You told us that you were trouble...
It was one year ago that we heard the news. Amy Winehouse died at 27, and nobody was surprised by it. I always defended the music and not the life she lived, but the two were hopelessly intertwined. Who else wrote and sang about a refusal to go to Rehab?
Her style was one of a kind, a soulful, retro anti-diva that broke all conventions. Crooner Tony Bennett recorded duets with her and described her as "a rare artist who knew how to take chances and is in the pantheon of world-class singers such as Ella Fitzgerald and Billie Holliday."
Amy Winehouse's second album Back To Black, was released in the fall of '06, and is one of the top compilations of a generation:
You Know I'm No Good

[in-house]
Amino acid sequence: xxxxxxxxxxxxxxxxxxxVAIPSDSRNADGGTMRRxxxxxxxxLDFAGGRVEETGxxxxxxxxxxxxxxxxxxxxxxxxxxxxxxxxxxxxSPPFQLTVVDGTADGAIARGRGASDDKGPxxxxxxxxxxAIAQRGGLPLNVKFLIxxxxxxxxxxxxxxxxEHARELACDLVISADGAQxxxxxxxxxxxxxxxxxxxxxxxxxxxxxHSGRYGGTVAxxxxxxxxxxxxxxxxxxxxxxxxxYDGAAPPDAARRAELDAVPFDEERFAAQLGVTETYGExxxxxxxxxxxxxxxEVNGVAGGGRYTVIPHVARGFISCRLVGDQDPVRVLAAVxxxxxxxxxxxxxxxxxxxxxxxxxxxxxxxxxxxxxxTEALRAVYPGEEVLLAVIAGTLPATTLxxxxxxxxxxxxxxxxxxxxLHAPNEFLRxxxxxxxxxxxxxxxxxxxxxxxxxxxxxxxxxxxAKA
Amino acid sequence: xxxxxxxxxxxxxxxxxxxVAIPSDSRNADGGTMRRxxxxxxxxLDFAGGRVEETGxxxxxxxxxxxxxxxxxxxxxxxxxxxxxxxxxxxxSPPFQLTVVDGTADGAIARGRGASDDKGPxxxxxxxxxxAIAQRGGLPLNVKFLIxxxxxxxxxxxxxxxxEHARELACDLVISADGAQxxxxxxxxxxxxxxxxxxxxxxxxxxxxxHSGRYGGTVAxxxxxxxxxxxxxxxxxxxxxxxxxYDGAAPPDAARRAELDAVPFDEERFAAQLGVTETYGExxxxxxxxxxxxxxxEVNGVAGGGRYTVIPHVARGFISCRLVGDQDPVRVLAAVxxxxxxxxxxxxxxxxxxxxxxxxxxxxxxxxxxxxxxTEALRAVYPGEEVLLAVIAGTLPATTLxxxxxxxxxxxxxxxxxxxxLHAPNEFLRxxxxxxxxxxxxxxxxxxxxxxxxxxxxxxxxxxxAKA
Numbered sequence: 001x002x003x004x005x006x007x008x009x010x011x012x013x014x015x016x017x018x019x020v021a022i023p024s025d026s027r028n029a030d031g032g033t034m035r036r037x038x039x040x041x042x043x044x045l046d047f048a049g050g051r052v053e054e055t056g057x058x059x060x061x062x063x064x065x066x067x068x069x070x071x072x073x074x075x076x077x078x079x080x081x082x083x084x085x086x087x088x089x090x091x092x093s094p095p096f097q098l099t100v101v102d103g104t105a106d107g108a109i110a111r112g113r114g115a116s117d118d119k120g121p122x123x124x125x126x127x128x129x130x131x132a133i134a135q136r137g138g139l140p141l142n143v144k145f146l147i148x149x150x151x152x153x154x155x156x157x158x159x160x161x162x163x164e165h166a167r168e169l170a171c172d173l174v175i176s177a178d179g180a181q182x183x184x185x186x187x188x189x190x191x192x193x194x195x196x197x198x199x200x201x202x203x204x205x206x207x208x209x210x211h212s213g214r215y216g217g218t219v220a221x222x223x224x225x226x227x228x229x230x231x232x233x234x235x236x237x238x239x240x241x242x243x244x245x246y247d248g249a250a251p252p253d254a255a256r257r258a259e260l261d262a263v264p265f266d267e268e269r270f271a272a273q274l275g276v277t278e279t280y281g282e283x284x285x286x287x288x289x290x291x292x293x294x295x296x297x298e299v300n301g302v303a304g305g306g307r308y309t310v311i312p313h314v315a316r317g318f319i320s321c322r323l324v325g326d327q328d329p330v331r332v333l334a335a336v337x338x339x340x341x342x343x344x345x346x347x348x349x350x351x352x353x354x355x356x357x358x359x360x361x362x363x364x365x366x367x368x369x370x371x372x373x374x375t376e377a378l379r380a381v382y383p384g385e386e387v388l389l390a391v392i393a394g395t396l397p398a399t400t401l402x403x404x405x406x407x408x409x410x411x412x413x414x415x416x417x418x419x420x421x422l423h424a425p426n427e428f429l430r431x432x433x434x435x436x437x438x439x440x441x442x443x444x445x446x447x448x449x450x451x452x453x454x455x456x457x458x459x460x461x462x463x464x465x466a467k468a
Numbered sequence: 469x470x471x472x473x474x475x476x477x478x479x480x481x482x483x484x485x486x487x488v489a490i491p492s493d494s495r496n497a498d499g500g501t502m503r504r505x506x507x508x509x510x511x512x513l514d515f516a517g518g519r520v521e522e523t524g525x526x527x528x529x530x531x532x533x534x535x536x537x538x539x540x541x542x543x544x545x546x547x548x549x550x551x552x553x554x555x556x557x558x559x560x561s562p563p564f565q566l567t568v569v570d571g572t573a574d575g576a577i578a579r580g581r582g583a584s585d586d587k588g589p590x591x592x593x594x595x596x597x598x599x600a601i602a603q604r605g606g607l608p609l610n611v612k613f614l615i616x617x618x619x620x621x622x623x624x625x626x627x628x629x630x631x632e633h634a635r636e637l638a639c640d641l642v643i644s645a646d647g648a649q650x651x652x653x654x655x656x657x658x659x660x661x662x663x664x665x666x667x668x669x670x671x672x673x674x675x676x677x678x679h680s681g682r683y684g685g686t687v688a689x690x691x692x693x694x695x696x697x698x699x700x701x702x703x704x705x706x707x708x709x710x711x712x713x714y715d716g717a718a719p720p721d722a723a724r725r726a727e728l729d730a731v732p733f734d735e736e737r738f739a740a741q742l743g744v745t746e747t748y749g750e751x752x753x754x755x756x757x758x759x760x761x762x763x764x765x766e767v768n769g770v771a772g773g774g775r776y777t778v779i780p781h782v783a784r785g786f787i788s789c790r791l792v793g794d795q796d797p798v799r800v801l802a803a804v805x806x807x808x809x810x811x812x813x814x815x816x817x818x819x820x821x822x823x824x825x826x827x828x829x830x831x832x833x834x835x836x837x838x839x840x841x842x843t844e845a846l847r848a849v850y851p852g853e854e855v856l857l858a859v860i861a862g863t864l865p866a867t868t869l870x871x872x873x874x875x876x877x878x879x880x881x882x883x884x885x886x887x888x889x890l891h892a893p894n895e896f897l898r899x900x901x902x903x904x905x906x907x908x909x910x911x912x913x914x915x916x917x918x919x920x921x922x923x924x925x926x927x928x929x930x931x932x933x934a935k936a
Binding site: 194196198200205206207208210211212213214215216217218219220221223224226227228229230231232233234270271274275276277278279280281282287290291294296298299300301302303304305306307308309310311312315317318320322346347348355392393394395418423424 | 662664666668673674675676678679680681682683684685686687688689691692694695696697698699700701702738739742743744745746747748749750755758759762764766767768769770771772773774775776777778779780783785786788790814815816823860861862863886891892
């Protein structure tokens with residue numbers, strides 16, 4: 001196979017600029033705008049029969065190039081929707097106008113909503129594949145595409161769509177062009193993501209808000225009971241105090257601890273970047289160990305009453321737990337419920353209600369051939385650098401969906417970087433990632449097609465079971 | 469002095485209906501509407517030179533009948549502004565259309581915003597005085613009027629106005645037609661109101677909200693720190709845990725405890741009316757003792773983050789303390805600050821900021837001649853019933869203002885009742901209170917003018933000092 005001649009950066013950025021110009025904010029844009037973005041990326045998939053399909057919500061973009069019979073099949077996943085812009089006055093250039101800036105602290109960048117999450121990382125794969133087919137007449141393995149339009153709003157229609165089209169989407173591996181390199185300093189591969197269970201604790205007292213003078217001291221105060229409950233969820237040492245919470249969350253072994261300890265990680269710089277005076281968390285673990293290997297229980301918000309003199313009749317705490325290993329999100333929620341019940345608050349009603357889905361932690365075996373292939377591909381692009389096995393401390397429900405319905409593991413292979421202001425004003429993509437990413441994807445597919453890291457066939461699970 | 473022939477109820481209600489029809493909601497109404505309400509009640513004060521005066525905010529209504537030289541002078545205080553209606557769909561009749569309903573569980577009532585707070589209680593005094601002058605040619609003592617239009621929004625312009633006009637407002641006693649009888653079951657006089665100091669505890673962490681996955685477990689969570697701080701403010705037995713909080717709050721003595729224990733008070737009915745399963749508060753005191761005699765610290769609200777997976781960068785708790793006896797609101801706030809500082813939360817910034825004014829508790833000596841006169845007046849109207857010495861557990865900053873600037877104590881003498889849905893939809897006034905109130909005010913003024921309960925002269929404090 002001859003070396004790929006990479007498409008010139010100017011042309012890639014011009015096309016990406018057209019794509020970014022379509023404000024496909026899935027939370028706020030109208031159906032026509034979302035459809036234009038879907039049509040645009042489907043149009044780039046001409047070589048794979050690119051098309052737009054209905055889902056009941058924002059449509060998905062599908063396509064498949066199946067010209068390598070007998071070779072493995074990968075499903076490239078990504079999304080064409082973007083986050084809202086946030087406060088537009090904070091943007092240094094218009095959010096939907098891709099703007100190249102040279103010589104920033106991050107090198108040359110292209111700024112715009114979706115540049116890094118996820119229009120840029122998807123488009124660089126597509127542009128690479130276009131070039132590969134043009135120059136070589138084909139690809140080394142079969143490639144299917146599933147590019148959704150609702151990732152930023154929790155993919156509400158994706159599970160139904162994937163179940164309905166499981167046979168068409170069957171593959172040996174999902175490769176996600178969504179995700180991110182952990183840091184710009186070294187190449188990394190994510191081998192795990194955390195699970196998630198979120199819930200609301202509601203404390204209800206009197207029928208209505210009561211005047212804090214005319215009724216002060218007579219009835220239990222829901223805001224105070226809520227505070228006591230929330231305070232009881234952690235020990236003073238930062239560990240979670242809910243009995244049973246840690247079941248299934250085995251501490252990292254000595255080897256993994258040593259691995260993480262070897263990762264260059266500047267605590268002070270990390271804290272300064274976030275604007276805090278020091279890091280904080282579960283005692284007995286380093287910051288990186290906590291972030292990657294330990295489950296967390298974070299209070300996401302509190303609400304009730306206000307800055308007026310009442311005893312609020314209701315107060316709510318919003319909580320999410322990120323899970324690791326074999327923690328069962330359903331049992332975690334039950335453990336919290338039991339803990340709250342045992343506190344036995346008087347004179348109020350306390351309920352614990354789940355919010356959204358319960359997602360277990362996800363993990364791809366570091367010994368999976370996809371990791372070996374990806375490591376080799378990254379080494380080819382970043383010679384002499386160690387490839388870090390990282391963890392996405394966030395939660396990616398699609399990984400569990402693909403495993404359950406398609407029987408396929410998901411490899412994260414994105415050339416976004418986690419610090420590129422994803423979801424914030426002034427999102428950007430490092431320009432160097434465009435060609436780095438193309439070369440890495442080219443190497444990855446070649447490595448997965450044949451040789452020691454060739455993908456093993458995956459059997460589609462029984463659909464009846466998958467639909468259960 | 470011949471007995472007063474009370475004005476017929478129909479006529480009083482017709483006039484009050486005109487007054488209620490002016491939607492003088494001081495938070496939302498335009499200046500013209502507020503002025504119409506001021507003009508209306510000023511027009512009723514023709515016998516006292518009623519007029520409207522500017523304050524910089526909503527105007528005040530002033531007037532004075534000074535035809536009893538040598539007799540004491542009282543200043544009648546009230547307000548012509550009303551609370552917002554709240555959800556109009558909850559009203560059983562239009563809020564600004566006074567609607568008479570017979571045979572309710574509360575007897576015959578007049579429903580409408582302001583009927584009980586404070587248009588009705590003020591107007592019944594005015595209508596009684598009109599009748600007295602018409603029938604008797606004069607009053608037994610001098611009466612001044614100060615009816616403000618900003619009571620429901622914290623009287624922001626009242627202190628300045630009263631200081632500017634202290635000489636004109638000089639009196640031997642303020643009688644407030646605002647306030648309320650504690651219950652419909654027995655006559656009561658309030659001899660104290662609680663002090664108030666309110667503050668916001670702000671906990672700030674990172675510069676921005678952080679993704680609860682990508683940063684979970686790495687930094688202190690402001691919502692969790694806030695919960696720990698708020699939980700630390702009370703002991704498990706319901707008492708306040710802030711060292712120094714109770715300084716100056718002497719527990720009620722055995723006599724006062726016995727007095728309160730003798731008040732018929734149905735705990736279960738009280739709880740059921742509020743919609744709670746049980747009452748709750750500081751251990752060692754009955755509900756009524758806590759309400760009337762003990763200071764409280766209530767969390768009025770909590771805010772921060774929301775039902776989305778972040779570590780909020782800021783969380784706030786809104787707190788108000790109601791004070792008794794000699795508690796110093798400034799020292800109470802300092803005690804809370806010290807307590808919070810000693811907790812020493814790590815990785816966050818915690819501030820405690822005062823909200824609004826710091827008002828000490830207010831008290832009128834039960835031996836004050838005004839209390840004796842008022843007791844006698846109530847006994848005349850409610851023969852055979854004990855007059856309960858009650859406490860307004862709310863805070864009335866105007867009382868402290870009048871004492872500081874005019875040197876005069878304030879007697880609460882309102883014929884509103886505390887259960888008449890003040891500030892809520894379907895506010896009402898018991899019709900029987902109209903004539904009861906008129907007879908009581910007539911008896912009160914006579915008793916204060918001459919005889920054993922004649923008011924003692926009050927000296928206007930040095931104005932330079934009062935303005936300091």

Tears Dry On Their Own
Back To Black
Wake Up Alone
Me & Mr. Jones
But as few can create a masterpiece, even fewer can handle what comes next. Lauryn Hill never followed up the sensational Miseducation of Lauryn Hill, but she's not dead and is now a mother of six. Adele put out a second monster album and is keeping a low-profile before she returns. Winehouse's life went the other way, one train wreck after another, and there would be no more solo album releases before her death on July 23, 2011.
And as flawed as she was, as much as we point the finger for how she lived her life, she was still somebody's daughter. Which is now the subject of the book Amy, My Daughter by Mitch Winehouse.
Full proceeds from the book go to The Amy Winehouse Foundation to provide "help, support or care for young people, especially those that are in need by reason of ill health, disability, financial disadvantage or addiction."
Our tears dried on their own.